ARTYFACTS: The Taming of the Shrew - Old Vic

Saturday, January 27, 2007

The Taming of the Shrew - Old Vic

The Taming of the Shrew – Old Vic
Loved Twelfth Night and after a freezing walk to the theatre it was great to sit down in beautiful warmth of the Old Vic and think – entertain me. Of course this play is not a modern favourite as it deals with the now dodgy subject of a man taming his shrill wife. Nevertheless, the audience seemed to be mostly women and they loved it.

Kiss my white ass
Turning Petruchio and his sidekick Grumio into cowboys was inspired. The chaps. G-strings and bare asses (only revealed on turning when they exit) was real theatre. A sort of ‘kiss my white ass’ joke. In fact all of the costumes were intriguing. I thought I spotted some pop influences - Michael Jackson, Jethro Tull? The music varied from soprano choral to rock, blues, swing and country & western. The GCSE kids in the audience loved all of this. The transformation into tramps was a bit odd, but this is my only negative comment on another great night watching this all male cast nail it yet again.

Learn to learn
An unexpected theme was learning. There’s loads of direct reference to learning in the text and it could be argued that it’s a study in how we change the behaviour of others, rather than the usual interpretations around marriage and gender. There are lots of references to learning, teaching, schools and lessons in the text.

The play presents different methods of learning by Lucentio, Hortensio and Petruchio. He covers booking study, tell and practice and learning by strict behavioural change. On the whole he has a clear distain for an over-scholarly approach to life and learning. Learning Latin is satitrised, the expense of University questioned and mnemonics praised. Learning from experience is his recommendation.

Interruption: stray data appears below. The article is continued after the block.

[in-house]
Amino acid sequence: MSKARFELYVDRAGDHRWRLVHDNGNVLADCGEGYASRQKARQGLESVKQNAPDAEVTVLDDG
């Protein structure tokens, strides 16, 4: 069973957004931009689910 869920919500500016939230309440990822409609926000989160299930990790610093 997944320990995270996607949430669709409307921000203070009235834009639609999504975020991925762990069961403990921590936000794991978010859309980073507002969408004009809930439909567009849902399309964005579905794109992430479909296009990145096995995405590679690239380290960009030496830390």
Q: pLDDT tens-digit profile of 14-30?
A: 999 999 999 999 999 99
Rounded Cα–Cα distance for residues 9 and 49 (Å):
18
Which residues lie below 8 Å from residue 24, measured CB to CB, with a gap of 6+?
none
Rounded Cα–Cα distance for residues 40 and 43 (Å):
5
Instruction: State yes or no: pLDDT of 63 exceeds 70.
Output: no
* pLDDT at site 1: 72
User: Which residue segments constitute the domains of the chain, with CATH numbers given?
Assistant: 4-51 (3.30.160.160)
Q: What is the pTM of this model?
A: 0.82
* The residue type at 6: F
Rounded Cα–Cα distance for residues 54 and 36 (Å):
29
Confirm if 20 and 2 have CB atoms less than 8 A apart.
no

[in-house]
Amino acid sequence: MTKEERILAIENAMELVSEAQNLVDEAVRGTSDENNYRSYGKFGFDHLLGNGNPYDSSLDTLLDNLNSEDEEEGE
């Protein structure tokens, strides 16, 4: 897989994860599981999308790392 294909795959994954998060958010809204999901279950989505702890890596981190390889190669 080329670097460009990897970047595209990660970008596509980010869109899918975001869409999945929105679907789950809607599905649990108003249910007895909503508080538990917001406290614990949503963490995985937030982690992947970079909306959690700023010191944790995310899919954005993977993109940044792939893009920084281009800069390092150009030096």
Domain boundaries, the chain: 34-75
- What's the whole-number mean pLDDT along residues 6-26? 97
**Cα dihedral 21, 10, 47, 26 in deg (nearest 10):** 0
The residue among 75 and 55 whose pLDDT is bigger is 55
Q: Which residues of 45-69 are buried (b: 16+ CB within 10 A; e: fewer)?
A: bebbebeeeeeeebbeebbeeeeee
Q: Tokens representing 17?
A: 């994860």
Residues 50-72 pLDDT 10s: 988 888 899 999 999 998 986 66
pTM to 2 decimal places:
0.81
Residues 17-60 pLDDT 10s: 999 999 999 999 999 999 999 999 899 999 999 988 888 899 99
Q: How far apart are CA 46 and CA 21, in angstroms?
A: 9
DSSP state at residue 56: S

The play starts with a goal:
Here let us breathe and haply institute
A course of learning and ingenious studies.

A balanced approach is recommended:
Let's be no stoics nor no stocks, I pray;
Or so devote to Aristotle's cheques
As Ovid be an outcast quite abjured:
Balk logic with acquaintance that you have
And practise rhetoric in your common talk;
Music and poesy use to quicken you;
The mathematics and the metaphysics,
Fall to them as you find your stomach serves you;
No profit grows where is no pleasure ta'en:
In brief, sir, study what you most affect.

On books:
My books and instruments shall be my company,
On them to took and practise by myself.

On learning:
O this learning, what a thing it is! O this woodcock, what an ass it is!

On scheduled learning:
I am no breeching scholar in the schools;
I'll not be tied to hours nor 'pointed times,
But learn my lessons as I please myself.
And, to cut off all strife, here sit we down:
Take you your instrument, play you the whiles;
His lecture will be done ere you have tuned.

On learning Latin:
'Hic ibat,' as I told you before, 'Simois,' I am
Lucentio, 'hic est,' son unto Vincentio of Pisa,
'Sigeia tellus,' disguised thus to get your love;
'Hic steterat,' and that Lucentio that comes
a-wooing, 'Priami,' is my man Tranio, 'regia,'
bearing my port, 'celsa senis,' that we might
beguile the old pantaloon.

On learning from a manual:
Madam, before you touch the instrument,
To learn the order of my fingering,
I must begin with rudiments of art;
To teach you gamut in a briefer sort,
More pleasant, pithy and effectual,
Than hath been taught by any of my trade:
And there it is in writing, fairly drawn.

On University:
while I play the good
husband at home, my son and my servant spend all at
the university.

Wednesday 24 January 2007


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